But let’s face it, Pigs Don’t Fly, not even in China. The febrile enthusiasm exhibited by Chinese investors in this latest market rally, shows that nothing was learned from the market rout that started in late 2007. If anything, people are desperate to plough back into the stock market to make up for previous losses. In China, the risk of missing a rally is more important to many punters than the potential downside should there be a correction. See my story Suckers Rally. Oh, and let’s not forget to mention that Shanghai has overtaken Japan as the world’s second largest stock market.

It’s important to remember that China’s stock market is still something of a black box. The China Securities Regulatory Commission’s vetting process of IPOs is anything but transparent, and you can bet that when there’s so much money to be made from listings, that corruption is inevitable. There’s a long list of firms in the queue to IPO, and the CRSC gets to decide who goes and who waits. One can well imagine how companies are willing to grease the wheels of bureaucracy to tap markets at a time like this when things are so hot. “They need listing rules to be more transparent and standardized so companies don’t have to kowtow and lobby [to the CSRC] the head of investment banking in China at an international bank told me a few weeks ago.

How long the current rally will last is anyone’s guess. Valuations are already nearly as high as they were when the last bubble burst. But with Beijing encouraging banks to pump money into the economy—lending was up more than 200% year on year in the first six months—much of this money will find its way into the stock market, regardless of what purpose for which it was originally borrowed.
 

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Koji

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How come 29 billionaires (from 101 to 130 in one year) added in just one year when world economy is under recession while the Chinese economy is mostly dependent on exports which have fallen by close to 20%. Things doesn't add up.

Its ironical that the number of billionaires in other countries have actually gone down due to economic recession. That includes India as well.
A simplistic answer could be the opening of new markets. The downturn has some Chinese businesses looking places other than the US. Already, changes are being seen with Europe and Russia.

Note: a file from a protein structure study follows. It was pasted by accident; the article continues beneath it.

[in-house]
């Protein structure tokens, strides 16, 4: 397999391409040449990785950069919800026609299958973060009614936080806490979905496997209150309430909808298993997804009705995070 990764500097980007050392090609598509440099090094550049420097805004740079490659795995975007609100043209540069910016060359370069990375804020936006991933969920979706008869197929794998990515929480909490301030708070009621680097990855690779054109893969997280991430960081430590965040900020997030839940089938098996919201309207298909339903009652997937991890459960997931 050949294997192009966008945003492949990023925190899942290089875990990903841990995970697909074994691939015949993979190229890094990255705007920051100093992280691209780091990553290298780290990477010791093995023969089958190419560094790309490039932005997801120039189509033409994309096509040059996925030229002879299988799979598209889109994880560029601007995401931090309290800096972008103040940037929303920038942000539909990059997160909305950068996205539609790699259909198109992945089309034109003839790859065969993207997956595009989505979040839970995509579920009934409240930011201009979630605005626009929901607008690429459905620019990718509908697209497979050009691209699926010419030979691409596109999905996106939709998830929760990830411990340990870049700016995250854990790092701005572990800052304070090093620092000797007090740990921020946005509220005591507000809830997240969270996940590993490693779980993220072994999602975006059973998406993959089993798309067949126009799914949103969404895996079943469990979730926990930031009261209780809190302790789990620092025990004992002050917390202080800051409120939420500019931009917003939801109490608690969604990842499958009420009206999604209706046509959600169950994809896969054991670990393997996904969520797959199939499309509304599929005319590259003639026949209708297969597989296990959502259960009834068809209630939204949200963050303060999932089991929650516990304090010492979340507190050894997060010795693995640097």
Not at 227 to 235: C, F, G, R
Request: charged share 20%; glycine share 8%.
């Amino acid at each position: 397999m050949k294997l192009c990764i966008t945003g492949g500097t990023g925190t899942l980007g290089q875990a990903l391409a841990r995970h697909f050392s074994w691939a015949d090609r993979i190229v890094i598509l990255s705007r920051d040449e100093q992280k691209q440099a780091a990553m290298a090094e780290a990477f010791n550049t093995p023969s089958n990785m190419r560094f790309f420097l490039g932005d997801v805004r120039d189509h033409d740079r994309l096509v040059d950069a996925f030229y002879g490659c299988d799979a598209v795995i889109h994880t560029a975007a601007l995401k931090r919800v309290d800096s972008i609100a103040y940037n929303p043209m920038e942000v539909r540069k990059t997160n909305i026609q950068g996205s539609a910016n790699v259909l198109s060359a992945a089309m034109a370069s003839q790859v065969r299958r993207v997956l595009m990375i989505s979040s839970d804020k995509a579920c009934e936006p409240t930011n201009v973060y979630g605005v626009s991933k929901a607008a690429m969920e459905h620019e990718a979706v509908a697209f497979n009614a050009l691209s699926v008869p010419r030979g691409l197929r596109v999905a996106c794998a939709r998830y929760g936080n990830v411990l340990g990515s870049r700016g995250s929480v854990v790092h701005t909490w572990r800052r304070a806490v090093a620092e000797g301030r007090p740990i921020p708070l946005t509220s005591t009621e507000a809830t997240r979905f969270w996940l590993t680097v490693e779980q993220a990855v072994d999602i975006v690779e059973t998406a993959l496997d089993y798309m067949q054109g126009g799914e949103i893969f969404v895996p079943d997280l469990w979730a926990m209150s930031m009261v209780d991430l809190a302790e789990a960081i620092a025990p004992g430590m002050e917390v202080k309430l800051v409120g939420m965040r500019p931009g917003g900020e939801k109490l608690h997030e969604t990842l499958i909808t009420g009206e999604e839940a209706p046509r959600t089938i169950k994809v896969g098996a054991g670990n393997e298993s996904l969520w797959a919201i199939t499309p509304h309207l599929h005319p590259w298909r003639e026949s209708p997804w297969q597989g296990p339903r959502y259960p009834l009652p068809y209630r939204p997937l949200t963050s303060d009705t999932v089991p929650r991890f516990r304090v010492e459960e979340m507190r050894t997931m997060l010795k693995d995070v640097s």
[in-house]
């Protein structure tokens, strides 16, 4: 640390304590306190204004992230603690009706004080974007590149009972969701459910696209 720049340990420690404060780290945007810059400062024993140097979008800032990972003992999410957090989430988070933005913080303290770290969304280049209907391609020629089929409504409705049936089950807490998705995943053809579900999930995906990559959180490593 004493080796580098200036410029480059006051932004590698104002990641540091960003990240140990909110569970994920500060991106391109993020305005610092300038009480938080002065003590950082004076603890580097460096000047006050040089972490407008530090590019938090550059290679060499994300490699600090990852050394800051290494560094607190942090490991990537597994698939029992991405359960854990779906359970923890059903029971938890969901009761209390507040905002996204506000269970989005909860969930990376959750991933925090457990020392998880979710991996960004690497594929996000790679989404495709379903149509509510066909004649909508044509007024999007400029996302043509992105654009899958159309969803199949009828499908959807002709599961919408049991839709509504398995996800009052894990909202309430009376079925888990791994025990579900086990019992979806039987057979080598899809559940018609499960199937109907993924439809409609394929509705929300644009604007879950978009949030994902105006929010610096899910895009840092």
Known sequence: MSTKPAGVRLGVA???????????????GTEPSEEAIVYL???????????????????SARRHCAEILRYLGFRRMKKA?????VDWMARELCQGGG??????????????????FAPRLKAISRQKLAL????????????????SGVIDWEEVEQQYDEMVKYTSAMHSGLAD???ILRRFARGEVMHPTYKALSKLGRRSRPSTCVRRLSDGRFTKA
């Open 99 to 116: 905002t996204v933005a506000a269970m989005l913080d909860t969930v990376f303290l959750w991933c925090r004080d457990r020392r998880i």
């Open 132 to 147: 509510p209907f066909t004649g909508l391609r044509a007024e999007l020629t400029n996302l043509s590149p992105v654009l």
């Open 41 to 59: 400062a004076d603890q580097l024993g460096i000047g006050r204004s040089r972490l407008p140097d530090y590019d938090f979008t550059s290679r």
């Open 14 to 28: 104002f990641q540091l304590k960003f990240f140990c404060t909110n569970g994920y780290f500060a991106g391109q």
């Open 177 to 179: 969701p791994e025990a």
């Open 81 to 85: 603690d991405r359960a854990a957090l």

sky

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To attribute sustained 10% growth for the last 15-20 years to inflation and subsidies is ludicrous. Especially now in the global downturn, the need for China is greater than ever. Only she can provide the goods the world needs at a modest price. In fact, this downturn might be helping her growth.

http://www.nytimes.com/2009/10/16/business/global/16yuan.html?ref=business
Wrong.
Any country in the developing world can produce cheap goods if they receive fdi
from usa/europe.Soon china will raise the labour wage for her workers making there goods more expensive coupled with a rising currency.All this means china will not be able to sustain 10% gdp.
 

Koji

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Wrong.
any country in the deveoping world can produce cheap goods,if they recieve fdi
from usa/europe.Soon china will raise the labour wage for her workers making there goods more expensive coupled with a rising currency.All this means china will not be able to sustain 10% gdp.
Sky, what you're saying has been repeated for years now. China still sustains her growth rate. There is a reason why the FDI goes to China, and not to anywhere else. It is by chance.
 

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A simplistic answer could be the opening of new markets. The downturn has some Chinese businesses looking places other than the US. Already, changes are being seen with Europe and Russia.